The Obama re-election machine is chugging away, cranking out one distraction after another. With the help of most major media outlets, they churn out story after story, waiting a few seconds in between to see which ones stick so that they can draw them out as long as possible. So far we have seen the "war on women," the manufactured Republican "war on jobs," and the Romney-bully story among others.

But one of he most recent distractions is one that actually bears looking into a bit. The Associated Press published an article last week criticizing Romney for failing to serve in the military during Vietnam. He took student and religious deferments and so was never drafted. They compare his lack of military record to Obama's - a ridiculous comparison, as the last time there was a draft Obama was a child - as if to suggest that Obama never would have done anything to avoid service in the same manner.

A better comparison would be Bill Clinton, who may not be running in the current election, but actually was of age during the Vietnam War. Not only did Clinton take as many student deferments as possible, he also made use of his family's political influence and simply avoided answering his draft letters when push came to shove.

In comparison, Romney comes out ahead regardless of his failure to serve because the methods he employed in order to avoid service were all perfectly legal and above board. Clinton's, not so much.

If you insist on comparing Romney to Obama, well, let's do that:

Whenever Obama gets pushed into a corner he blames someone else. It's Bush's fault. We can't fix the economy because the tsunami in Japan set us back. We're still struggling because the European debt crisis is keeping us down. I can't get anything done because the Republicans in Congress (who have put out several prospective budgets to the Dems' 0) don't want college students to be able to afford their student loan payments. Healthcare is stalling because the Republicans want women to bleed and die one the floor of illegal abortion clinics.

Now let's extrapolate: I can't serve in the military because I'm busy doing crack in between the classes I bother to show up for at all...

Given Obama's willingness to use military pay and benefits as political leverage, there is no doubt in my mind that he views the military duties of the President as an evil necessary to retain his position of social influence and power. Except, of course, in events such as the raid on Bin Laden, which he can use to his political advantage as well. Anyone who thinks he would not have chosen deferments - whether legal like Romney or less than legal like Clinton - well, there's a bridge I can sell you...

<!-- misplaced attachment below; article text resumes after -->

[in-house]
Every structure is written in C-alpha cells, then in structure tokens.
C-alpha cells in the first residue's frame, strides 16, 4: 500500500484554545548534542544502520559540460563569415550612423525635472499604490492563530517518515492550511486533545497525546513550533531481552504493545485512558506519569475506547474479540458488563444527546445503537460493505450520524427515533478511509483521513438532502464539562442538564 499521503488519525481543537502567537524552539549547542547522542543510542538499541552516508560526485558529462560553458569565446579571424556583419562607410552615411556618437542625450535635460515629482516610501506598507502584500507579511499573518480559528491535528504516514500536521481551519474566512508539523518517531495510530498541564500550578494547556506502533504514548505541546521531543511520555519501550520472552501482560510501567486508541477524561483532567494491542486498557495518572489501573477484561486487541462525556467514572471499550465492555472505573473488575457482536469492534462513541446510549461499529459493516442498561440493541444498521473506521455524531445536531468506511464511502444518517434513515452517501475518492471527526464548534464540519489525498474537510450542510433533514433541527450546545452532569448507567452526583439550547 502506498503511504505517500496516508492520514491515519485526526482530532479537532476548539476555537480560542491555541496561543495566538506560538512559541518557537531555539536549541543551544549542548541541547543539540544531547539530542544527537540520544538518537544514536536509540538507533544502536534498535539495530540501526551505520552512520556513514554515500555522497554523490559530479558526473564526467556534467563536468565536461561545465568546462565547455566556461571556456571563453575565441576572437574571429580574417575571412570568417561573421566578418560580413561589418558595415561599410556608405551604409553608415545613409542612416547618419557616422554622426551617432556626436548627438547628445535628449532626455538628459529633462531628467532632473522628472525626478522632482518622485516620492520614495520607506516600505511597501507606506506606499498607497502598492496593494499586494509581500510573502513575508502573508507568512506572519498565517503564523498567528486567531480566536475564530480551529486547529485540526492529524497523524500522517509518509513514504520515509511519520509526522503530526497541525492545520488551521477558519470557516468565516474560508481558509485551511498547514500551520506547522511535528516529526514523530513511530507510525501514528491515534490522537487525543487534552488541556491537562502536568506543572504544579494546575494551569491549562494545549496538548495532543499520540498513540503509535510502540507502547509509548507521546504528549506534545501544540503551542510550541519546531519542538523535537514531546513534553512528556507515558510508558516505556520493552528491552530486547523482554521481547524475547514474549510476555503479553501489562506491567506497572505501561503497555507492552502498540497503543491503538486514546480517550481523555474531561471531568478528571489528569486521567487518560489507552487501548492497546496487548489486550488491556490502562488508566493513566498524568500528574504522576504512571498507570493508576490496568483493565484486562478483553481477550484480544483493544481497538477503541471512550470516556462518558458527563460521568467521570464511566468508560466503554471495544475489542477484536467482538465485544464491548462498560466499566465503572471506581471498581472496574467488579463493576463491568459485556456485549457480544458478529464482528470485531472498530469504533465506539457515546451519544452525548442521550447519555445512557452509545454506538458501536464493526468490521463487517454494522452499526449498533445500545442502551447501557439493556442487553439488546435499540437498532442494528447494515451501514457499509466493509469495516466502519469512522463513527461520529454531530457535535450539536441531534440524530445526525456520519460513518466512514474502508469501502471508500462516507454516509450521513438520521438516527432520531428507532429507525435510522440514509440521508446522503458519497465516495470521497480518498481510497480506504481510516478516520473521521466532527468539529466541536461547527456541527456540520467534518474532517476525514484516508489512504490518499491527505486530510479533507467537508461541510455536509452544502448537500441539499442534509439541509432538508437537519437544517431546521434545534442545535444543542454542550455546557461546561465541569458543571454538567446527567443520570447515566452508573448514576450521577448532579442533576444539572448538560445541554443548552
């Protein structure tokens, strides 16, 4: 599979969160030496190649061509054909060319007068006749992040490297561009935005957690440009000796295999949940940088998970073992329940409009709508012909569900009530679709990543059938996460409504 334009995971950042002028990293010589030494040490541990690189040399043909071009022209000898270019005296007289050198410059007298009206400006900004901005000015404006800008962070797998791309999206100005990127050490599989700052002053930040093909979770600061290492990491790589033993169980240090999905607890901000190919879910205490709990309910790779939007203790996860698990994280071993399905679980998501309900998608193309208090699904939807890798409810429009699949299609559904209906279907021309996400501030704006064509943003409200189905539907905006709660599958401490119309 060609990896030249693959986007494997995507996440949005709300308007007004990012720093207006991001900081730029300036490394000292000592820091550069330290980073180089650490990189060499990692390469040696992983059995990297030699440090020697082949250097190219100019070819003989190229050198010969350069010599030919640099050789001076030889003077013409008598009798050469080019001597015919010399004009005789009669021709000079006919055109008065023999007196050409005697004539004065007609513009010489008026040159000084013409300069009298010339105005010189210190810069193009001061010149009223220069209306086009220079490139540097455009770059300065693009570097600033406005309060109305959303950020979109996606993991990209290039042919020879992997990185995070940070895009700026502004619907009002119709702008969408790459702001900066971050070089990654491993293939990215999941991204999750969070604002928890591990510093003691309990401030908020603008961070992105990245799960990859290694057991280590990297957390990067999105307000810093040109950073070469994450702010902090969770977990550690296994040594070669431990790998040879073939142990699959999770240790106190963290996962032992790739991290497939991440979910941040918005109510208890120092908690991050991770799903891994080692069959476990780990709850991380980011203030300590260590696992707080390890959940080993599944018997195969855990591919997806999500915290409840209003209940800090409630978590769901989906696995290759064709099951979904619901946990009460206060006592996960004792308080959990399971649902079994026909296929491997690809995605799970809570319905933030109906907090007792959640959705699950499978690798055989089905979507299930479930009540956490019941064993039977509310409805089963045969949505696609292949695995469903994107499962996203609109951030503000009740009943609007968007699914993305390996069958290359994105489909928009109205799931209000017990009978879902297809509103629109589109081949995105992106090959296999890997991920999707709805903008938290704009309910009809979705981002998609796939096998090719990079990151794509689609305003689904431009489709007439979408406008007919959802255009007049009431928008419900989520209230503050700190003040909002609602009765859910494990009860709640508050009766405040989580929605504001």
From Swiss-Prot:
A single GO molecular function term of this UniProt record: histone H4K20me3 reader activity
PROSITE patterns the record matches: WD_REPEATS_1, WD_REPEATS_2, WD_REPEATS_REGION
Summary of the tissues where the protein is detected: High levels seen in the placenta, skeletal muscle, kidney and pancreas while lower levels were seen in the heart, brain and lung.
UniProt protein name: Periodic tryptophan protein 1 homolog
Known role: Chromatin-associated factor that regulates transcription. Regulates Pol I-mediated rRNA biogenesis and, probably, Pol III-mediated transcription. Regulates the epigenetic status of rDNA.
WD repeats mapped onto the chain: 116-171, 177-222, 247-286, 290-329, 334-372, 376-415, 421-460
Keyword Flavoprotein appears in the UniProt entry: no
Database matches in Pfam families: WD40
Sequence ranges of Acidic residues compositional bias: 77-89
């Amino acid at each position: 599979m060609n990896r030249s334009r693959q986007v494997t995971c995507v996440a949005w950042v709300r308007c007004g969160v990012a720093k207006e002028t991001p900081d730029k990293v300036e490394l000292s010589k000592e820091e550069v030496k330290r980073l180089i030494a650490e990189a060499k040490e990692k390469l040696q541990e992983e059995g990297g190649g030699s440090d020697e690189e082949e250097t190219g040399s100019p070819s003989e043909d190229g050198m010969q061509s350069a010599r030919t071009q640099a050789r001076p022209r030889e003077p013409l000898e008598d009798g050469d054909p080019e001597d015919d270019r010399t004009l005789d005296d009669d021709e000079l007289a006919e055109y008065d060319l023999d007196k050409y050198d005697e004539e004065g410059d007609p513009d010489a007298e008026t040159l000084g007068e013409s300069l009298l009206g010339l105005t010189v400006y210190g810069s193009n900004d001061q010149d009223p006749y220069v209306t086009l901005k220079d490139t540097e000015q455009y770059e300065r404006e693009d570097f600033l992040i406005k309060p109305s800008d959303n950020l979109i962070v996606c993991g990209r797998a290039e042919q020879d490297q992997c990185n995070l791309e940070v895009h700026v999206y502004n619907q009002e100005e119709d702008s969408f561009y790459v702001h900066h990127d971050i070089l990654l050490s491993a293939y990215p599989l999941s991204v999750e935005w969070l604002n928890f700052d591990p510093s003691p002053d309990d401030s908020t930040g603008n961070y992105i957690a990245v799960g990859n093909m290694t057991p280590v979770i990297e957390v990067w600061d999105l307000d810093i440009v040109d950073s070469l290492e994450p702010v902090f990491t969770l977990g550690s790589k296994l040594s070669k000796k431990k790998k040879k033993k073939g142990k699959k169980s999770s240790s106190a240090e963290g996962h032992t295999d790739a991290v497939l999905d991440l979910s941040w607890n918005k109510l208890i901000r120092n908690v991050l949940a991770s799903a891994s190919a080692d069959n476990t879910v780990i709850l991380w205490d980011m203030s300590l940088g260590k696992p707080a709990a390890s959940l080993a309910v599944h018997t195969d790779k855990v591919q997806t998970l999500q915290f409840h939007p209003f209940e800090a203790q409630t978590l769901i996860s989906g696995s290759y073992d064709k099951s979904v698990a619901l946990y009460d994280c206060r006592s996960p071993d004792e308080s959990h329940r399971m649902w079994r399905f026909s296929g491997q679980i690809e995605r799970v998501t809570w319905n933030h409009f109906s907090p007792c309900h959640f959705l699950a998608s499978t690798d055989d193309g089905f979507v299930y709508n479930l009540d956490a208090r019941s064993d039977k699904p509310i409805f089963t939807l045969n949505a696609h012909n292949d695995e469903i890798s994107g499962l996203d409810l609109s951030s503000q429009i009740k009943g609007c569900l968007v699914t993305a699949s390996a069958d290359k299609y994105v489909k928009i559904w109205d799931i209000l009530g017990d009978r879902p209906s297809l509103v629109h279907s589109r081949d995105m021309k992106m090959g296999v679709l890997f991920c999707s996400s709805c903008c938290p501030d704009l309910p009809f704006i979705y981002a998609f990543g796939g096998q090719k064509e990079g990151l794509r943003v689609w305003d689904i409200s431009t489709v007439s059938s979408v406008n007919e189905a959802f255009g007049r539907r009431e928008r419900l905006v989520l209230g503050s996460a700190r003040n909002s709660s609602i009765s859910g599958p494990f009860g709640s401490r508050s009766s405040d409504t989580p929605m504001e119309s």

Monday, June 11, 2012

Don't Misread Wisconsin!


The cheering in Wisconsin echoed from coast to coast last Tuesday night. Patriots all across the United States shouted victory on street corners, on talk radio, and from every corner of the internet. Why? Because on Tuesday night Scott Walker became the first governor in history to survive a recall election.
I don’t intend to downplay the significance of that election. Scott Walker and the other Republicans who retained their seats deserve to be commended for their hard work and dedication. Granted, the recall election was hard work that should have been unnecessary given the great work already done in Wisconsin, but that is beside the point.

Conservatives have been saying for months that the Wisconsin recall was going to be the bellwether, that it would be the great predictor for the 2012 general election. And while a win is a win, if what happened in Wisconsin Tuesday is truly an indicator of what we will see in November, our troubles are far from over.
The margin of victory was far too narrow. Some of that margin, if rumors are to be believed, must be attributed to likely voter fraud. But regardless, we must square ourselves with the fact that one of the most qualified leaders in the nation barely came out of his recall challenge with a ten point lead.

After all of the bellyaching, because of Scott Walker’s actions, not a single teacher was laid off. And still 45% of the population said “No.”

Because Walker actually made good on his campaign promises to cut spending, Wisconsin will likely finish the year with a surplus. And 45% of the population asked that he be replaced with Milwaukee Mayor Tom Barrett (whose record is somewhat less impressive).

Under the Walker Administration, Wisconsin teachers (though they will now have to contribute a small amount to their own benefits packages) will continue to enjoy paying less than they would in any other state. And still nearly half of the state was ready to send him packing.